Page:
The first phase of a revitalization effort for Auburn Boulevard is on schedule for completion this summer, with sidewalks scheduled to be done by the beginning of June, and plans underway for a ribbon-cutting ceremony.
Authorized in 2005, the Auburn Boulevard Complete Streets Revitalization Project envisioned a revitalized and enhanced section of Auburn Boulevard, from Sylvan corners to Interstate 80. The nearly 2-mile long project was broken into two phases, with Phase 1 covering the section from Sylvan corners to just beyond Antelope Road, and Phase 2 covering the remaining section up to Interstate 80.
According to the City’s website, the project is “the largest capital improvement project the City has undertaken,” with segments two and three of Phase 1 running about $21 million to complete.
Although hardest to obtain, funding isn’t the only challenge the City has faced in the project.
“The revitalization of Auburn Boulevard is one of the City’s most challenging projects to date,” said Development Specialist Devon Rodriguez, explaining the difficulties of designing and engineering, environmental work, and acquiring right-of-way with property owners – all of which must occur before starting construction.
Although hoping for a boost in business when complete, the construction work necessary to get there has caused a decline in customers for many of the 200 local businesses on Auburn Boulevard.
“It’s killing our business,” said Norca Army Navy Surplus Assistant Manager Vanessa McGuire about the construction outside her Auburn Boulevard store. “People don’t wanna come down this street because traffic’s so bad – they want to avoid it.”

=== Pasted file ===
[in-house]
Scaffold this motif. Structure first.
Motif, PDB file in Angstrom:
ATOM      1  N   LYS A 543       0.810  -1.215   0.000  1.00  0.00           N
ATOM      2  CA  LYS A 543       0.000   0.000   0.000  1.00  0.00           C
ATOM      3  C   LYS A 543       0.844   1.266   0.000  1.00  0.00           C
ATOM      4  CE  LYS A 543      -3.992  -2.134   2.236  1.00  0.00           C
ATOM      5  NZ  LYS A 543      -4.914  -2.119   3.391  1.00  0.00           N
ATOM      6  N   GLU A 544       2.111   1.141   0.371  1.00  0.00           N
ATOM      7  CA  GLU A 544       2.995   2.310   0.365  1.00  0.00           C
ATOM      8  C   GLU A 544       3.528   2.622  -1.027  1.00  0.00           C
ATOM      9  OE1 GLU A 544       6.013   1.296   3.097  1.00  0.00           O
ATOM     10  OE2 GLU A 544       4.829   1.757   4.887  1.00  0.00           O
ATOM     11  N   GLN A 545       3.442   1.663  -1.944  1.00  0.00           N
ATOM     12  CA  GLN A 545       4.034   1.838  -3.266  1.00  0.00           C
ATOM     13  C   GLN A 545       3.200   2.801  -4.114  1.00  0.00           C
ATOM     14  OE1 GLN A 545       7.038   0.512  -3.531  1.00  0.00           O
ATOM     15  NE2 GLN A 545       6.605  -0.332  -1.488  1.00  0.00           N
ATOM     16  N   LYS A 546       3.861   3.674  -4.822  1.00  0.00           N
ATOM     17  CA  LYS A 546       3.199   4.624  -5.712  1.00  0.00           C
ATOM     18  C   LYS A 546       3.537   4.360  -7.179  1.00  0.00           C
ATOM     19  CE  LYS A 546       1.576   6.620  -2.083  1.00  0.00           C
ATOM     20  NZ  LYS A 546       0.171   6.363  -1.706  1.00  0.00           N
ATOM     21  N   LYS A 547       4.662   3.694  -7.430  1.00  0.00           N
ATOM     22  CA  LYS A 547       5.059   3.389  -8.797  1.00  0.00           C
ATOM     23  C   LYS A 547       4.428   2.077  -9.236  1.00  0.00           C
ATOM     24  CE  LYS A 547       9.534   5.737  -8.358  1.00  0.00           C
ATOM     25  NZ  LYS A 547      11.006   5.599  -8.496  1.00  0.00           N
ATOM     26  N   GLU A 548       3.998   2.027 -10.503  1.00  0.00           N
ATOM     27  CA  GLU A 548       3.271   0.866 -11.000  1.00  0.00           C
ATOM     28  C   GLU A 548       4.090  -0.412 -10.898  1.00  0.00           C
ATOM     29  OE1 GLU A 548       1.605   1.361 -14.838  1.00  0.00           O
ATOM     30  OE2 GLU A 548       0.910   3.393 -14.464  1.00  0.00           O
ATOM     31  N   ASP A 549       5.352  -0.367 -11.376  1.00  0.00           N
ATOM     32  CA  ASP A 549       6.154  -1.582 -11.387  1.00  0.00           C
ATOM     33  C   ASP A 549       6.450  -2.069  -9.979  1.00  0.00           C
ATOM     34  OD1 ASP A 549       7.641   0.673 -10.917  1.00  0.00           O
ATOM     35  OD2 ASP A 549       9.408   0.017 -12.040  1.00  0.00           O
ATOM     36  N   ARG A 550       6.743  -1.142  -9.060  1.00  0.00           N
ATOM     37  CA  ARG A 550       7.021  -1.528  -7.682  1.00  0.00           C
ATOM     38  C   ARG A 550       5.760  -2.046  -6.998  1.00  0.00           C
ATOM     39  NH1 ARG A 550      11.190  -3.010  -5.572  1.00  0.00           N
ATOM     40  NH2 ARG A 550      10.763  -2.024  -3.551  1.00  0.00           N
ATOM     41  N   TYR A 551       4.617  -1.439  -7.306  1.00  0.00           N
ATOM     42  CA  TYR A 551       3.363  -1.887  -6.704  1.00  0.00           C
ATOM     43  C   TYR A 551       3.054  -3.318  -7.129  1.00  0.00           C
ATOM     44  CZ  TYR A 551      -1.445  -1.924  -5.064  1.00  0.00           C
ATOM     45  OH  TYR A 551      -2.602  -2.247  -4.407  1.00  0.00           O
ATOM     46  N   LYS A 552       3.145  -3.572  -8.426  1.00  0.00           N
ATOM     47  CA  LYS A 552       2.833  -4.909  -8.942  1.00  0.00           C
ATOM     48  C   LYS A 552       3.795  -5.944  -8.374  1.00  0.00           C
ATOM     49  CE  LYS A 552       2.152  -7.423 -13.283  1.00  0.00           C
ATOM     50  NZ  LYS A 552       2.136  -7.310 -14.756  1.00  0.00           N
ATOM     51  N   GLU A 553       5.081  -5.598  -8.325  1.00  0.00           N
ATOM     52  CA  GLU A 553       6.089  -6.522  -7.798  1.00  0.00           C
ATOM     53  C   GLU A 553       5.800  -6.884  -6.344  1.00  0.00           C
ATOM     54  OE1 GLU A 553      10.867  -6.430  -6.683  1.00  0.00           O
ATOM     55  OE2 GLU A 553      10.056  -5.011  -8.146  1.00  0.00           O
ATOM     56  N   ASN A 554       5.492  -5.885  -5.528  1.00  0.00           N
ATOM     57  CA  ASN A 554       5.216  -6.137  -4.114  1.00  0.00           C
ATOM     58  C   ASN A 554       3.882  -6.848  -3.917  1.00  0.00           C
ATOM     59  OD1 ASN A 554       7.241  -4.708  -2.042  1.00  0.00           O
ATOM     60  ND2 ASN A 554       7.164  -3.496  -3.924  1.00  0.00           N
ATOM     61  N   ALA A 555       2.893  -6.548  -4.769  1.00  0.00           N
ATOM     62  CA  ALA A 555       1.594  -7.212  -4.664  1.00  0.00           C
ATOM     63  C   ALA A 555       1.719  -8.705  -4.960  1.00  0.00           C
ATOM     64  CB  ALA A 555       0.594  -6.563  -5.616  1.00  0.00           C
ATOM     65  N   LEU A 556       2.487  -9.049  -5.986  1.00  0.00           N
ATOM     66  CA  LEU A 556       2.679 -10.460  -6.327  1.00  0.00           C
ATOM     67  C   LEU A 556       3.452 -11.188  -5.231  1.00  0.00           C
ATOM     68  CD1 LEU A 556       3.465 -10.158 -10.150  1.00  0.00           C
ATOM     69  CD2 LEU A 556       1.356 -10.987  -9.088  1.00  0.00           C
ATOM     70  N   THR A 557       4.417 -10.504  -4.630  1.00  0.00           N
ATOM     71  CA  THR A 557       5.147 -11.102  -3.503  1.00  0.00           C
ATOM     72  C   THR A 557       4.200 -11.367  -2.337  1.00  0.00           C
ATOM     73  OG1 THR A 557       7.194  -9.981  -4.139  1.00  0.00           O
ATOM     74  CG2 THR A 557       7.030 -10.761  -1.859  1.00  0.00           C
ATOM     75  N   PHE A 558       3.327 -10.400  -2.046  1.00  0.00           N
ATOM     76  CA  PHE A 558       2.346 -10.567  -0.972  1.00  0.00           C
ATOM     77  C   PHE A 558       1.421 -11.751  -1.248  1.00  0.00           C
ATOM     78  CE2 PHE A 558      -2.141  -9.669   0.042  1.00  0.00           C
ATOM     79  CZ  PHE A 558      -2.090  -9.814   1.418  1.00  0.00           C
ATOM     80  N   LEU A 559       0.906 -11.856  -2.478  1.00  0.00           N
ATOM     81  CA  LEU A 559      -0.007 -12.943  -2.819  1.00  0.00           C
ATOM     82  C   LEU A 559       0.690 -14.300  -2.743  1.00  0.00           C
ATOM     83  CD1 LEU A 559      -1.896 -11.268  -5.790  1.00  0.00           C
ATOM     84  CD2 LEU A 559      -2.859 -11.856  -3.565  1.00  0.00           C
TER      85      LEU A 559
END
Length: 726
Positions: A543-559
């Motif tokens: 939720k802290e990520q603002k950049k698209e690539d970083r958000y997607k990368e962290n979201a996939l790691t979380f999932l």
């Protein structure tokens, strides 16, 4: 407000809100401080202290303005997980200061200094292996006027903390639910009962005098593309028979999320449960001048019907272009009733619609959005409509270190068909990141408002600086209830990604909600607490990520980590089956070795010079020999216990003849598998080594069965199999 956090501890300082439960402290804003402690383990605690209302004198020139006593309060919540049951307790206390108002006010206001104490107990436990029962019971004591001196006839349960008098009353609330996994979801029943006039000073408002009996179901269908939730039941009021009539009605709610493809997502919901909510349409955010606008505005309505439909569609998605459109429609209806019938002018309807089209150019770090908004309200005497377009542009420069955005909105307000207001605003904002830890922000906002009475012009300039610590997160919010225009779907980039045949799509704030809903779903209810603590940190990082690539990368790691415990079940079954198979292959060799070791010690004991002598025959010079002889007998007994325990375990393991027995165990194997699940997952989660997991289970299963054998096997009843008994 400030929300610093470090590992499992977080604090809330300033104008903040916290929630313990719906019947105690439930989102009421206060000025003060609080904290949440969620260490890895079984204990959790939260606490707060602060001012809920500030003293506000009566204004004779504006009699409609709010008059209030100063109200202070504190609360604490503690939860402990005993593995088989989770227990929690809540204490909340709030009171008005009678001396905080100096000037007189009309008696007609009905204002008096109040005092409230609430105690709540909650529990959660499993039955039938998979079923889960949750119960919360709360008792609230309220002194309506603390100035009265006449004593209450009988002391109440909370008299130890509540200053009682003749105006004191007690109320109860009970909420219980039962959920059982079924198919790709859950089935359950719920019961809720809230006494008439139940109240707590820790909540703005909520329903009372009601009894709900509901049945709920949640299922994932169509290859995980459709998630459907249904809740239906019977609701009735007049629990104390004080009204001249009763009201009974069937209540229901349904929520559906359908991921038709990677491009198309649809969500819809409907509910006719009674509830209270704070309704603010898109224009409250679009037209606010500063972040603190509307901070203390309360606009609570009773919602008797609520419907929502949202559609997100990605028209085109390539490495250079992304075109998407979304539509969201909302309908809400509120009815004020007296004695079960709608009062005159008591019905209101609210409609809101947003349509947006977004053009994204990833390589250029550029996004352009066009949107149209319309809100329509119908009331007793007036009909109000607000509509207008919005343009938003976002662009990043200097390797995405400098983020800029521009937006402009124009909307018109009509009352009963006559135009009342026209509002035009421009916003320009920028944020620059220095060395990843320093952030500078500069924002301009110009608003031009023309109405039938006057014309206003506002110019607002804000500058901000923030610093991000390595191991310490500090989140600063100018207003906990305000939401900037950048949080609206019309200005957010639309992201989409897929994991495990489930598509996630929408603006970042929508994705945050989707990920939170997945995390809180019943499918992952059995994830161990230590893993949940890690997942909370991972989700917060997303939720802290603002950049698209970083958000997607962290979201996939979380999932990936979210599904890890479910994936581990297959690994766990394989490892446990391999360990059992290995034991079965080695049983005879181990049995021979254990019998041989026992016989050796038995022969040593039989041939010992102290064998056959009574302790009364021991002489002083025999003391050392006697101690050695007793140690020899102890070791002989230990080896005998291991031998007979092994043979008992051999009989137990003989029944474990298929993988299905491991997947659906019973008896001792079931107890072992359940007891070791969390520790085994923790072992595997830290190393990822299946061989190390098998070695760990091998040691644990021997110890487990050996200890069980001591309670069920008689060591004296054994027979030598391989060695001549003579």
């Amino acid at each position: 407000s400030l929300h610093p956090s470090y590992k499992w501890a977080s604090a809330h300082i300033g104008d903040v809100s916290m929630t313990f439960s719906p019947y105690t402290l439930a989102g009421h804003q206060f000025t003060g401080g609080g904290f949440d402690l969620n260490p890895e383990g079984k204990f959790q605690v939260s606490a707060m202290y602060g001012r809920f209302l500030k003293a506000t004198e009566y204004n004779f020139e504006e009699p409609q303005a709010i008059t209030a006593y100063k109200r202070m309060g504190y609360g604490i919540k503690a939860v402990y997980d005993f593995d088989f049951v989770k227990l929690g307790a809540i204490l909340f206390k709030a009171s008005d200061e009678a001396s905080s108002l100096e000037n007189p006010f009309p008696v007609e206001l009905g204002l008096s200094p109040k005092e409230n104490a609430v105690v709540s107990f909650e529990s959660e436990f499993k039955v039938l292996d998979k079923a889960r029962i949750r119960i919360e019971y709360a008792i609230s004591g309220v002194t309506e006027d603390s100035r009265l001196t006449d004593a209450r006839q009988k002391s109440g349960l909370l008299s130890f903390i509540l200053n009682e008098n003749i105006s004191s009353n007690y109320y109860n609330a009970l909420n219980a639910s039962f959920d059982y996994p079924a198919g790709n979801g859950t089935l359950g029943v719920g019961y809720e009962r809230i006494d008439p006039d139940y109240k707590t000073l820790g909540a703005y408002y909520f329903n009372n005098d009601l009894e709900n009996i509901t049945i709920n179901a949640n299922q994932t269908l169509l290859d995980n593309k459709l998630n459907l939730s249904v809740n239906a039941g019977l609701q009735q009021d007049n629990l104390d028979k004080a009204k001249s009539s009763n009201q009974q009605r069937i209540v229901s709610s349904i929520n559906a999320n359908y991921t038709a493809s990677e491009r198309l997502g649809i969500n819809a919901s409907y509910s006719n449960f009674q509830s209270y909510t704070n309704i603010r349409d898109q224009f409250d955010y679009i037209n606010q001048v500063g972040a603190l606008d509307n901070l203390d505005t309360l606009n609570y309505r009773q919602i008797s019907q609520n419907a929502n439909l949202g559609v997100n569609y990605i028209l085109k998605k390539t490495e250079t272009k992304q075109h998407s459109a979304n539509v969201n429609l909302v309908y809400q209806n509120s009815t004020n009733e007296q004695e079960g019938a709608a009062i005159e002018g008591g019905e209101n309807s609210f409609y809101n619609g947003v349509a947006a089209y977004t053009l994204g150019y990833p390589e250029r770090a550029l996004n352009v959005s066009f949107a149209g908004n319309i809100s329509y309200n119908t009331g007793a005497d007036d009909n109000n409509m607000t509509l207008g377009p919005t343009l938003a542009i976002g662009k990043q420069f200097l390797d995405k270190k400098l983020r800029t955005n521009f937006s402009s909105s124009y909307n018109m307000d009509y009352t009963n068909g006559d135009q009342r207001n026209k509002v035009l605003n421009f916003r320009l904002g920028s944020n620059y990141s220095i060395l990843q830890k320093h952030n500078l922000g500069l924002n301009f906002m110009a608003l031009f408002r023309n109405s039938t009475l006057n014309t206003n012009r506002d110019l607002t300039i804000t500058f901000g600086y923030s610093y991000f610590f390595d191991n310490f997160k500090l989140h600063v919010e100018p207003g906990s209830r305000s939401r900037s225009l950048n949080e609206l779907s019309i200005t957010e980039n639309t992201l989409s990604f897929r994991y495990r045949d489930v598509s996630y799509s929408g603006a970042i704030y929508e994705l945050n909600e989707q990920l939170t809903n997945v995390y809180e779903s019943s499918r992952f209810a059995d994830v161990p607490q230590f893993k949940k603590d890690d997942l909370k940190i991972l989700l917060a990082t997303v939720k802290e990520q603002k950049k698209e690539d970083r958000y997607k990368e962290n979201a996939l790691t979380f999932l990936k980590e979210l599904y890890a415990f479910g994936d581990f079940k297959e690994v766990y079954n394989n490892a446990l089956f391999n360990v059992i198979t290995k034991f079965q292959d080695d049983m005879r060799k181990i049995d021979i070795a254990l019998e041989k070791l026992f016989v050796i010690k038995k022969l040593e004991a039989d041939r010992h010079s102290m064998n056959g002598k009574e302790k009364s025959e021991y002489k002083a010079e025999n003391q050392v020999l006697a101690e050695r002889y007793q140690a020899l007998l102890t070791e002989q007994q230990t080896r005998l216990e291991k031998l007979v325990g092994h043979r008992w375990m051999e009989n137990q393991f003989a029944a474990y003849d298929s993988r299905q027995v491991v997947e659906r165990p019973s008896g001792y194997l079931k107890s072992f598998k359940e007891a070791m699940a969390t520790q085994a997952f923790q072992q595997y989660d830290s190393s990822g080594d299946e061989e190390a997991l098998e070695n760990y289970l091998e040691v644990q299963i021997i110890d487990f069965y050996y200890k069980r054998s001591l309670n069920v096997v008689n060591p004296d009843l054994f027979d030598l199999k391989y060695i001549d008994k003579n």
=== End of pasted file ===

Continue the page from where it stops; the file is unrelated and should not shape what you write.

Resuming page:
On the positive side, she’s happy that the project undergrounded electrical utilities in front of her store, and expressed relief that business would pick up once construction finishes – although she’s skeptical the project will stay on schedule.
The City acknowledges the problem construction poses for businesses in a 3-page “Toolkit” produced for Auburn Boulevard businesses, calling it a “temporary inconvenience.” The flier stresses, however, that it will “ultimately result in a vastly improved business corridor.”
In addition to construction signs announcing that businesses are open during construction, the City also held weekly “coffee meet-ups” to discuss concerns and needs of business owners affected by the project, but meetings were discontinued this month due to the project nearing completion.
Phase 2 recently receiving grant funding to begin preliminary work, but Rodriguez said construction isn’t likely to begin until 2018, depending on available funding and negotiations with property owners.